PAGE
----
CUP: McMurray Tops List Of Great Moments

In just three weeks, the NASCAR Sprint Cup boys will be back testing at Daytona International Speedway and the 2011 season will be on before we know it.

With that in mind, and the clock winding down on 2010, here are the top 10 good, bad and ugly moments that were:

1. SUNDAY MONEY — No one rose to the big races like Jamie McMurray and the crew of the No. 1 Earnhardt Ganassi Racing with Felix Sabates Chevrolet. Jamie Mac won the two biggest races of the season – The Daytona 500 and Brickyard 400, and claimed victory at Charlotte Motor Speedway, too. He also had runner-up finishes at Darlington, Talladega and Charlotte. That’s cash money, peeps. Who needs the Chase?

2. MAD SKILLZ — What can you say about Jimmie Johnson that hasn’t been said 100 or 1,000 times already? Chew on this little nugget: Johnson — a/k/a Superman or Vanilla Ice — has won more consecutive championships than any other NASCAR drivers except for Richard Petty and Dale Earnhardt have won in total. He will be remembered as the best ever.

3. HOLY COW! — NASCAR’s most embarrassing moment happened on its biggest stage, as a pothole at Daytona International Raceway wound up with the Daytona 500 being red-flagged for 2 hours, 25 minutes and 20 seconds. Worse yet, NASCAR officials had to go from team to team and get Bondo — yes, Bondo! — to patch the hole. The goober-ish moment of the year cost track President Robin Braig his job. And you know what? It should have.

4. MAN UP AWARD — Denny Hamlin stayed in his damaged race car at Phoenix International Raceway even though he was two laps down and had no prayer of a good finish in the Subway Fresh Fit 600 in April. Hamlin went the distance at Phoenix, finishing 30th in a race extended for the first time to 600 kilometers. And he did so just 10 days after having surgery on a torn anterior cruciate ligament in his left knee. His courage inspired the entire team.

5. DUDE, WTF? — When Jeff Burton drilled Jeff Gordon hard into the wall — under caution, no less — in the AAA Texas 500, it was most inexplicable example of “boys, have at it” in a year filled with them. Gordon’s completely justified rage made the two look a couple of bantam-weight mixed martial arts combatants.

6. BEST RACING — Hands, down, the most exciting racing of the year this season was at Talladega Superspeedway, with Kevin Harvick, Clint Bowyer (both Sprint Cup Series), Brad Keselowski (Nationwide Series) and Kyle Busch (Camping World Truck Series) all winning thrilling races with last-lap passes. The late-night action in the legendary Talladega infield was pretty compelling, too.

7. MOST IMPROVED — Hands down, driver Kevin Harvick and the entire Richard Childress Racing organization made the biggest gains in 2010, with Harvick leading the Sprint Cup regular season in points, having the best average finish in the Chase and nearly winning the title. Harvick also solidified his position as one of the most influential drivers in the sport.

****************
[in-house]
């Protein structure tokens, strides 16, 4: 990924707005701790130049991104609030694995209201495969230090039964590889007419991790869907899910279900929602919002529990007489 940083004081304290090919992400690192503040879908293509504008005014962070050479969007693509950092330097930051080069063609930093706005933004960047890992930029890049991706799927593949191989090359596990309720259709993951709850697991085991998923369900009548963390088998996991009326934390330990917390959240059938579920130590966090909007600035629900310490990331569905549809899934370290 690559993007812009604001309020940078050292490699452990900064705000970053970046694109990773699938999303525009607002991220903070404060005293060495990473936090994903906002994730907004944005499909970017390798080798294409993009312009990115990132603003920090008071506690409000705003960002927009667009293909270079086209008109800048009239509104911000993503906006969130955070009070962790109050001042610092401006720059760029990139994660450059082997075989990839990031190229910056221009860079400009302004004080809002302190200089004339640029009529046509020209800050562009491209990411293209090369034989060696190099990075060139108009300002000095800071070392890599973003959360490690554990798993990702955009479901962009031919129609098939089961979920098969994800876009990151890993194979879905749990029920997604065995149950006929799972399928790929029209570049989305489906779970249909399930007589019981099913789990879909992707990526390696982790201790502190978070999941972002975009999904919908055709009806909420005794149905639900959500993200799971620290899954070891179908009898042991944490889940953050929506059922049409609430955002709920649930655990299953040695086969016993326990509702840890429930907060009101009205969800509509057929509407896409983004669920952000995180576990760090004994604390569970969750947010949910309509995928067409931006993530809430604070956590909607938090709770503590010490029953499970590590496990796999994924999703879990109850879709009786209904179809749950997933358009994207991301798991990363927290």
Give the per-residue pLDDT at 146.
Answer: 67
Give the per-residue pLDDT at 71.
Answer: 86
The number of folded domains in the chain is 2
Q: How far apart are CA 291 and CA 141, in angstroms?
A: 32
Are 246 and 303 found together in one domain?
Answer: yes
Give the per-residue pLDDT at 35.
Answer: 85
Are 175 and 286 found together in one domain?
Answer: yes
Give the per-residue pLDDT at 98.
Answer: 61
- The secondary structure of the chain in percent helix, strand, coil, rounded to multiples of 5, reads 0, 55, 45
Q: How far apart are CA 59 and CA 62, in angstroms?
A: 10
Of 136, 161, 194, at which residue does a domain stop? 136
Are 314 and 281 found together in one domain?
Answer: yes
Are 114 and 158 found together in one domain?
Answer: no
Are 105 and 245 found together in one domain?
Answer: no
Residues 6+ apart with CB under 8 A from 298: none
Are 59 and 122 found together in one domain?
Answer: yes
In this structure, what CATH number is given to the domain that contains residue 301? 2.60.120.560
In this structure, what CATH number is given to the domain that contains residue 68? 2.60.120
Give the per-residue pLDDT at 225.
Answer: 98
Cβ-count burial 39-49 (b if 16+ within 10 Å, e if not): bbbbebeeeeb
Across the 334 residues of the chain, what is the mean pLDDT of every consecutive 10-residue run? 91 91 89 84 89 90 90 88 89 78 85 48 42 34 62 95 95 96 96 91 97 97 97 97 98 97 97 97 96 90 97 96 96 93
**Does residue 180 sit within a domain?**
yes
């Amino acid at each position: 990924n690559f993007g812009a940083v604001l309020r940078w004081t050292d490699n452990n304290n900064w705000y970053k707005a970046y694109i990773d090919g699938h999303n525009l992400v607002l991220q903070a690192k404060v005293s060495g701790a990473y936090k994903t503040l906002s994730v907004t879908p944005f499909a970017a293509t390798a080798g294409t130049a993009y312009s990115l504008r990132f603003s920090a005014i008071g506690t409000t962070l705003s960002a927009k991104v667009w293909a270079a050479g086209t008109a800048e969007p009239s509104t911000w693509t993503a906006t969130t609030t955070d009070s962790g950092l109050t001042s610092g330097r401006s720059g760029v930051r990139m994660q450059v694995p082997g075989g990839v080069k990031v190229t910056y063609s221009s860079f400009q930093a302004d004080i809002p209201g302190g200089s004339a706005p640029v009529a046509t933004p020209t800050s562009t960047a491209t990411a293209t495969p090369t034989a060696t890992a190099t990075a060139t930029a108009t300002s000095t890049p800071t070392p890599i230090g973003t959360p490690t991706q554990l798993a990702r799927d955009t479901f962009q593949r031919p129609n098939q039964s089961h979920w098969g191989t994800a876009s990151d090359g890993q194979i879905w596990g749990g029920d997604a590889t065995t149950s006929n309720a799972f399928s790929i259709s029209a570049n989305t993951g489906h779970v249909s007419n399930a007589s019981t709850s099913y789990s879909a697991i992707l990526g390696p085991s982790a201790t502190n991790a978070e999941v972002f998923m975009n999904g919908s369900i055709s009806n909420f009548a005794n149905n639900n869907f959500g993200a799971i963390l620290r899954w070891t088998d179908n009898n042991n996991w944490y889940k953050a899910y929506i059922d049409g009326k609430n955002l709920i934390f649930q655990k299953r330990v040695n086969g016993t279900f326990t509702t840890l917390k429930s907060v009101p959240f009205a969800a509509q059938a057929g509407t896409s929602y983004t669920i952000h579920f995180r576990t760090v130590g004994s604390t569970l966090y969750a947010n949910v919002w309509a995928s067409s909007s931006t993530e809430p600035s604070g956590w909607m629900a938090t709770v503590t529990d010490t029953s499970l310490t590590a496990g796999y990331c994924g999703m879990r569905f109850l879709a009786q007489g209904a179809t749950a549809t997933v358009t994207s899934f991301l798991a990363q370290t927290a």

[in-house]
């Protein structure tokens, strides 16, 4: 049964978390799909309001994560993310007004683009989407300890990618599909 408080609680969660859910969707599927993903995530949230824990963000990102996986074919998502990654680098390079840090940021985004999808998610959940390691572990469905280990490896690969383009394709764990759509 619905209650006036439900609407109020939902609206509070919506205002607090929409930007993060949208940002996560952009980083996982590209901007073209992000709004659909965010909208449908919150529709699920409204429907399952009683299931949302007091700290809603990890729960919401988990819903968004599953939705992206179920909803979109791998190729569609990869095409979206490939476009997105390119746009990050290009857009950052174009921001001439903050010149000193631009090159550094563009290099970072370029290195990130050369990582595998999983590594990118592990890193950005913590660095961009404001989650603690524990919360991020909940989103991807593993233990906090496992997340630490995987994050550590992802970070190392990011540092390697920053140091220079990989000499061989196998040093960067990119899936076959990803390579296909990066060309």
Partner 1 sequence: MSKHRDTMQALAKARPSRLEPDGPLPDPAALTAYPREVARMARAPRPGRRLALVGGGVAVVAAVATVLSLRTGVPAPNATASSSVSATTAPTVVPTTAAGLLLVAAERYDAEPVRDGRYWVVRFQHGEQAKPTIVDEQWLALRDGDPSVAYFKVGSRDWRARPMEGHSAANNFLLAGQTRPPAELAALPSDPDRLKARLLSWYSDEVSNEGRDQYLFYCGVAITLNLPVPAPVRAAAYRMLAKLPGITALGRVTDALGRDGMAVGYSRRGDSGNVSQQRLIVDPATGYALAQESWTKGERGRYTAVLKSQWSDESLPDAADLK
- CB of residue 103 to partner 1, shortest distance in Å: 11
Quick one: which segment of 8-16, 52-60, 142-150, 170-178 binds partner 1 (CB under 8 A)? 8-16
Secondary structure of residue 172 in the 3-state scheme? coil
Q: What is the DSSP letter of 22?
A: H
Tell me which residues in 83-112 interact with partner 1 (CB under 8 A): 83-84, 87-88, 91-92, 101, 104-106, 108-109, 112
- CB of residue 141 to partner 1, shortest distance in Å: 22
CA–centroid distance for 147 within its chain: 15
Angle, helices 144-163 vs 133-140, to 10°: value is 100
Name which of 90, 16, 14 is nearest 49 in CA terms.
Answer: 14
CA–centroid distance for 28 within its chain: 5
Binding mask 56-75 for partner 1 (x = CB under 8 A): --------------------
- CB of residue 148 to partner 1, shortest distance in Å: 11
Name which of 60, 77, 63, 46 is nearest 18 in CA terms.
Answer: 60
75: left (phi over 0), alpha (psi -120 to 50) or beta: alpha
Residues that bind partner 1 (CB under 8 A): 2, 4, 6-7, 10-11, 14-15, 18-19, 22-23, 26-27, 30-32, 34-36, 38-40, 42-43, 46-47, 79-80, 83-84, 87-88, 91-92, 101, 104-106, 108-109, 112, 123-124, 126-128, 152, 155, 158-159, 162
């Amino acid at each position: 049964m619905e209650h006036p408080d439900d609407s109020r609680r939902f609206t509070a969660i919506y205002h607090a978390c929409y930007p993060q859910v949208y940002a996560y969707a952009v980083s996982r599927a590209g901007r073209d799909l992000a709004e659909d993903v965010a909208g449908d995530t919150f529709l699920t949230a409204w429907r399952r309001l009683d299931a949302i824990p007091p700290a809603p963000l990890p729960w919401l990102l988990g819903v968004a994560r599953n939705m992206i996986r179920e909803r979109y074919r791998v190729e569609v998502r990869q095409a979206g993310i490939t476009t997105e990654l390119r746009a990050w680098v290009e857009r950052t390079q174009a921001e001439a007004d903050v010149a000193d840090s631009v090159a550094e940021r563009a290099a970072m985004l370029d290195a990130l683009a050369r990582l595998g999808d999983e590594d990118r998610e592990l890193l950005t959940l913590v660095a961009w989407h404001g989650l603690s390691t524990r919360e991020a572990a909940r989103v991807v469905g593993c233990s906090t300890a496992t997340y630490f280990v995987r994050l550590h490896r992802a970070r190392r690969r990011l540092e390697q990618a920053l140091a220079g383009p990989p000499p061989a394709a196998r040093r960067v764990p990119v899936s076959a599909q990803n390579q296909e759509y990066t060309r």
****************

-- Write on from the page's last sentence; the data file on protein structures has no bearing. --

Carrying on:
8. SILLIEST SEASON — Kasey Kahne signed his 2012 contract with Hendrick Motorsports before he signed his 2011 deal with Red Bull Racing. And when Red Bull fired Scott Speed to make room for Kahne, Speed sued them for the $6.5 million he claimed he was due in his contract. A bold 2011 prediction: Some lawyers will make out like bandits settling this one.

9. TOO TOUGH TO TAME — Jack Roush has always been one of the most interesting guys in the NASCAR Sprint Cup garage — intelligent, opinionated and often contrarian, something the sport desperately needs much more of. And when he survived a second airplane crash, one which cost him his left eye and broke his back, the 68-year-old Roush was back at the track less than three weeks later. That, friends, is Built Ford Tough.

10. HE WHO LAUGHS LAST — After Jimmie Johnson’s team made a series of disastrous pit stops in the AAA Texas 500 and Denny Hamlin went on to win and take over the points lead, race-winning crew chief Mike Ford pretty much threw the entire Hendrick Motorsports organization under the bus. Ford harshly criticizing both the Hendrick crew’s competence and the leadership of the company for swapping pit crews in mid-race. The Texas victory looked like it would launch Hamlin to his first title. But after two bad races at Phoenix and Homestead, Hamlin became the first driver in the Chase era to lose the title in the final race. And as Johnson took his victory lap for his record fifth consecutive championship, winning crew chief Chad Knaus held up a simple sign: “Our TEAM Won!! Yes, indeed, they did.

Tom Jensen is the Editor in Chief of, Senior NASCAR Editor at RACER and a contributing Editor for You can follow him online at and e-mail him at Jensen is the author of “Cheating: The Bad Things Good NASCAR Nextel Cup Racers Do In Pursuit of Speed,” and has appeared on numerous television and radio shows. Jensen is the past President of the National Motorsports Press Association and an NMPA Writer of the Year.